‘Footloose’ in the ‘Lands of Stuck’


At home, our home, we wonder. ‘How do we hold onto a journey that is too big to hold?’

Will it help if we give it a name? We’ll get to hug a thing with a name! I dig deep for a little name that alludes to hugeness. I get it. The name of our journey is ‘Footloose in the Lands of Stuck’.

FOOTLOOSE …   This is what you are on a motorbike. I pick up my feet to place them on the foot pegs and the ground starts to rush. I glance down to see my ‘loose’ foot and the world dash past. Yes, I’m footloose. This awareness escapes you in a car or on a bicycle!

Harry and I are footloose for 11 months (6 in Africa; 5 in Asia).

And we travel in the Lands of Stuck!

LANDS OF STUCK …  I look at a world map that shades countries by GDP (gross domestic product). Our route follows the north-south (Africa) and west-east (Central Asia) axes of the world’s poorest countries.

They battle poverty, hunger, infant mortality, high fertility, illiteracy, unemployment, human rights abuses and conflict.  Judges sell verdicts. MPs auction legislation. Presidents act like movie stars. These countries are at the bottom of all the world’s lists, rates and indices.

But there is something else. And I know only one word for it; STUCK. The people in these countries are STUCK.

We see STUCK-ness in the look on a face; sometimes even a young face. We hear STUCK-ness in a voice full of wonder, as we tell of our incredulous journey. We feel STUCK-ness as eyes fix on our backs, as we zoom off.  STUCK. It means NEVER to have the hope of a visa, a work permit, savings, a trustworthy car, a bike, a trip to a big city, a guidebook, a tour of splendid monuments, a chat with an odd guy, a plate-full of ‘bizarre’ food, a night under strange stars. It means NEVER to be free to move. It means NEVER to be footloose.

And for 11 months;

Harry & I, the FOOTLOOSE, hang out with the STUCK.

It always disturbs us. It sometimes even distresses us. It is a ragged edge. It makes us uncomfortable on the ‘inside’.

So, we change in many, many small ways on our FOOTLOOSE journey, in the lands of STUCK. We catch and now hold close …

  • The unknown is almost NEVER scary.
  • Everything is almost NEVER better somewhere else.
  • It is ok to observe, it is not ok to judge.
  • People are born lucky or unlucky. We are born lucky.
  • The more ‘broken’ places are; the more ‘wholesome’ people seem.
  • People are resilient. We are resilient!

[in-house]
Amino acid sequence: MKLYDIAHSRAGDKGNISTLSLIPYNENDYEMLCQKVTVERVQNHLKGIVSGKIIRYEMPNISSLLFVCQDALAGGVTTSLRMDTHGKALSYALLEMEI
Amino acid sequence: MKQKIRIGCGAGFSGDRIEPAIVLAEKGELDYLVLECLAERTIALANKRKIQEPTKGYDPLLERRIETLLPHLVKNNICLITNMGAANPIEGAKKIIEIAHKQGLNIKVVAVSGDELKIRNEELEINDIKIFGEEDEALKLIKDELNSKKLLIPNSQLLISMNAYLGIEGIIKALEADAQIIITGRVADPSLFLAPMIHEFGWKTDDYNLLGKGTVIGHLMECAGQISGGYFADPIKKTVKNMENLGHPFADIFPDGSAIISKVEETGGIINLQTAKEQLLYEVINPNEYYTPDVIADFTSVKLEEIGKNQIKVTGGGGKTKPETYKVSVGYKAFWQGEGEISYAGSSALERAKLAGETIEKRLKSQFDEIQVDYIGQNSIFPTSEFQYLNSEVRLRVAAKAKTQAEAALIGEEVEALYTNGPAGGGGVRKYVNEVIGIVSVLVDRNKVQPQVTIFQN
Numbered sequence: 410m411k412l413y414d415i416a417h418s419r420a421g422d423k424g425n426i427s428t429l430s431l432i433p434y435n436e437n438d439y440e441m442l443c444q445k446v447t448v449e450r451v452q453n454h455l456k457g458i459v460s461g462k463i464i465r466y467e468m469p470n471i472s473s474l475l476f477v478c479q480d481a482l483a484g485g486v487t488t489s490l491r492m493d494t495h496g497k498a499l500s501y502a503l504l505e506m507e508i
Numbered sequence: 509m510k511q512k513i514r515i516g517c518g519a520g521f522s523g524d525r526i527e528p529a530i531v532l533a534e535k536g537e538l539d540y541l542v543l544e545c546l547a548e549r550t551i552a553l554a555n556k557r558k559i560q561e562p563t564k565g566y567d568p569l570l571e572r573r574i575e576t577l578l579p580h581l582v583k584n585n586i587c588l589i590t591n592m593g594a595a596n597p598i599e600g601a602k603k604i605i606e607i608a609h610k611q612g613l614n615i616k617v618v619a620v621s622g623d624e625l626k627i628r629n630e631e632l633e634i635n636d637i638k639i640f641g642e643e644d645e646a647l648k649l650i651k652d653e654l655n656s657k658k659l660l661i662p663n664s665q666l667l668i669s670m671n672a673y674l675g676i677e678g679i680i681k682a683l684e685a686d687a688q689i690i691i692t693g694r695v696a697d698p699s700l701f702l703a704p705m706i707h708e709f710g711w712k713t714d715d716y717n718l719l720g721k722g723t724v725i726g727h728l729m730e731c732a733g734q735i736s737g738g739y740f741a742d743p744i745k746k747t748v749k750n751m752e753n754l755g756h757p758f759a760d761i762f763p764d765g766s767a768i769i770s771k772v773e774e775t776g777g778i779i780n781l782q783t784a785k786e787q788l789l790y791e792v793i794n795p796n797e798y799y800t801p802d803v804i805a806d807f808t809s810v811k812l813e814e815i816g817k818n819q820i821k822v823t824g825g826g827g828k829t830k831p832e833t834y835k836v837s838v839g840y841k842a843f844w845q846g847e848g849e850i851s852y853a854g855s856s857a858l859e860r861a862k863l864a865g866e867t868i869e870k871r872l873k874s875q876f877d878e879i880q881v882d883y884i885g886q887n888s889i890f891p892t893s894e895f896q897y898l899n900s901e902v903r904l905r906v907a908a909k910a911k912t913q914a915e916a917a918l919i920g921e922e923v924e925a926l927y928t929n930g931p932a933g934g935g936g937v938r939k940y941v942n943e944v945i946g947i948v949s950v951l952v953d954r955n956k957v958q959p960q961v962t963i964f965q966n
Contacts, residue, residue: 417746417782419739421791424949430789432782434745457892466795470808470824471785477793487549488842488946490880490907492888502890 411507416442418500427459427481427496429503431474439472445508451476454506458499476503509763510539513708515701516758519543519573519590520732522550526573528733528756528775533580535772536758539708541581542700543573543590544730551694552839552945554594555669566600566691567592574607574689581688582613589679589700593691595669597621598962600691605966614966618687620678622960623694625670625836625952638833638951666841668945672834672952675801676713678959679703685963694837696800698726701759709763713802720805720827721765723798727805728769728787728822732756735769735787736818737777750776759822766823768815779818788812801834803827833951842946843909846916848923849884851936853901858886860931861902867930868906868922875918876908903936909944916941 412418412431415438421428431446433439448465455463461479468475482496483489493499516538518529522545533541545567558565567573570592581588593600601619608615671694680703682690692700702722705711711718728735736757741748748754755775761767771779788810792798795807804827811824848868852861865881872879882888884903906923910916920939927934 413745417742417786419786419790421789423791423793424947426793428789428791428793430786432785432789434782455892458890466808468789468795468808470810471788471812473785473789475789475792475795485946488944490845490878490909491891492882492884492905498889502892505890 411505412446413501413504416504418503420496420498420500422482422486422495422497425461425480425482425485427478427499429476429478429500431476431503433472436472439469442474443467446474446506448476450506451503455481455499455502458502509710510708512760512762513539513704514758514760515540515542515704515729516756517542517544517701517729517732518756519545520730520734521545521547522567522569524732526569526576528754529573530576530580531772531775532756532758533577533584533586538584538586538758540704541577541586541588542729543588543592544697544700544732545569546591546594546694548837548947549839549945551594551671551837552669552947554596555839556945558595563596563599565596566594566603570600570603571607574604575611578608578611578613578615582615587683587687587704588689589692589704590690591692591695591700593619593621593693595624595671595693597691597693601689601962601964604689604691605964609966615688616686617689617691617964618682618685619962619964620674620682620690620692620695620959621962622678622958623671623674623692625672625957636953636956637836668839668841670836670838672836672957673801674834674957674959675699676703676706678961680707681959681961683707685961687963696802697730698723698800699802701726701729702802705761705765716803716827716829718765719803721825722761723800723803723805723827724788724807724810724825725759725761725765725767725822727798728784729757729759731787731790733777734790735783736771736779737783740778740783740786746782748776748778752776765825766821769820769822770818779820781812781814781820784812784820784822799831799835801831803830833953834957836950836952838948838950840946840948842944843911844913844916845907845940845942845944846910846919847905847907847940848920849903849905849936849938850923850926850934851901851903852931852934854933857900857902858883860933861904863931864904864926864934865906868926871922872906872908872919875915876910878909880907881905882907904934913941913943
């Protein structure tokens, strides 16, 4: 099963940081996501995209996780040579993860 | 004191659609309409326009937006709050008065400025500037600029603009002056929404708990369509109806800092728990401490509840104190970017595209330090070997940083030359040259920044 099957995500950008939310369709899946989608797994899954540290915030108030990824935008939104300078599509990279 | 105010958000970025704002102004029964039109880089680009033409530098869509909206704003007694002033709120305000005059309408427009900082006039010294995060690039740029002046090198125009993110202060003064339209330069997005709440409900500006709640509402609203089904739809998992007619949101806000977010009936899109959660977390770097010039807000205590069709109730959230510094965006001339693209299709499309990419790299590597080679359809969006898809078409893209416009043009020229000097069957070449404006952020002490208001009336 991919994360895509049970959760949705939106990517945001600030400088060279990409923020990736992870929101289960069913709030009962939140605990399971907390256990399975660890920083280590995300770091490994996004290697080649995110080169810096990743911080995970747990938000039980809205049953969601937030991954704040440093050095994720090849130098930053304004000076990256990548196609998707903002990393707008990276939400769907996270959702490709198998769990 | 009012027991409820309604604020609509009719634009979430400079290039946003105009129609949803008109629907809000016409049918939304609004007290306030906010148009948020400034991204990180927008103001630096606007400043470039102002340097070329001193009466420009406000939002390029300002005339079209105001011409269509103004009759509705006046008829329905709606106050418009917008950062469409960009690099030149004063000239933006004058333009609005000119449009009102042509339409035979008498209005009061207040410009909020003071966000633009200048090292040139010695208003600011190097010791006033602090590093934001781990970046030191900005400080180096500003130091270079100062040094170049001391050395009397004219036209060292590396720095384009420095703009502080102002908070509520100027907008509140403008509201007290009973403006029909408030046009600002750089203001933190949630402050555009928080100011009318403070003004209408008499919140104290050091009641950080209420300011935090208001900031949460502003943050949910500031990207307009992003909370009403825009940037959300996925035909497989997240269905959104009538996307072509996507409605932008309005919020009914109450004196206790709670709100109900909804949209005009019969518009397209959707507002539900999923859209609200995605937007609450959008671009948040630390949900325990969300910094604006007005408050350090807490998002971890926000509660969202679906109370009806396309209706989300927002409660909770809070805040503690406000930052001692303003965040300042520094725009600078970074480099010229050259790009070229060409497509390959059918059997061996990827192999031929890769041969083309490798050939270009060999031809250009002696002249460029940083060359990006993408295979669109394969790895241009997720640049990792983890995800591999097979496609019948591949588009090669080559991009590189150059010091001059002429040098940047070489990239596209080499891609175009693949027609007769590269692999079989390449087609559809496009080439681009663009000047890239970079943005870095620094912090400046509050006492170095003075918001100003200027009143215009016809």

• We belong to a place that makes us SMILE. South Africa makes us SMILE three, four times a day, everyday. They ask; ‘Are you German? Australian?’ We reply; ‘NO! NO! NO! We are South African! African!’ We never tire of it. We show and tell and show and tell.
  • Harry & I find nothing more to argue about. Normal is nice!
  • A Mitchum deodorant stick for Women lasts 5 months.
  • A Mitchum stick for Men lasts 4 months.


                                                     But there is ONE way, in which we change, ABOVE ALL.

And at first, it is elusive. How can that be? It weighs a bloody ton. It tugs at me all the time. And, it embarrasses me to say, it makes me weepy.  But eventually I sense …

… I carry a new ‘sadness’ …

And it belongs to the people of our journey. It belongs to the people in the Lands of STUCK. It is a clumsy necklace around my neck. It is a string of the round faces.  It is a row of imperfect pearls … of sadness. It is bit after bit … of STUCK-ness we pick up as we FOOTLOOSE along.

SO, a necklace with pearls of sadness NOW plunges to my bosom. There a ‘light moment’.

Because it has become light!

After Africa; I’m full of sad. After Asia, I needle-up these ‘people pearls’ in Africa and in Asia. I string them together. I wear them, around my neck, with utmost regard, with high esteem.

Now, I drop my head and see …

… This necklace, I wear, is a testament to the ‘people pearls’ that live in the most unfair collection of the world’s worst.

… This necklace, I wear, is an accolade to the ‘people pearls’ of indescribable resilience; hardy and gentle, resourceful and generous, upright and kind.

… This necklace, I wear, is evidence that Harry & I do not pass-by untouched and unfeeling and unaltered. We do not leave ‘free of care’ but leave ‘full of care’. We do not dismiss STUCK-ness but we do pick up and carry little bits of sadness … about too little FOOTLOOSE-ness.

The sadness, we carry, is our ACT IN HONOUR of, and in courteous recognition of, the people of our journey.

The necklace, I wear, is our most precious possession.

Chest out! This is something to be loud about!

                                                                                                         Here they are.

Look, just a few.

Feel our fellow-ness.

Thank you.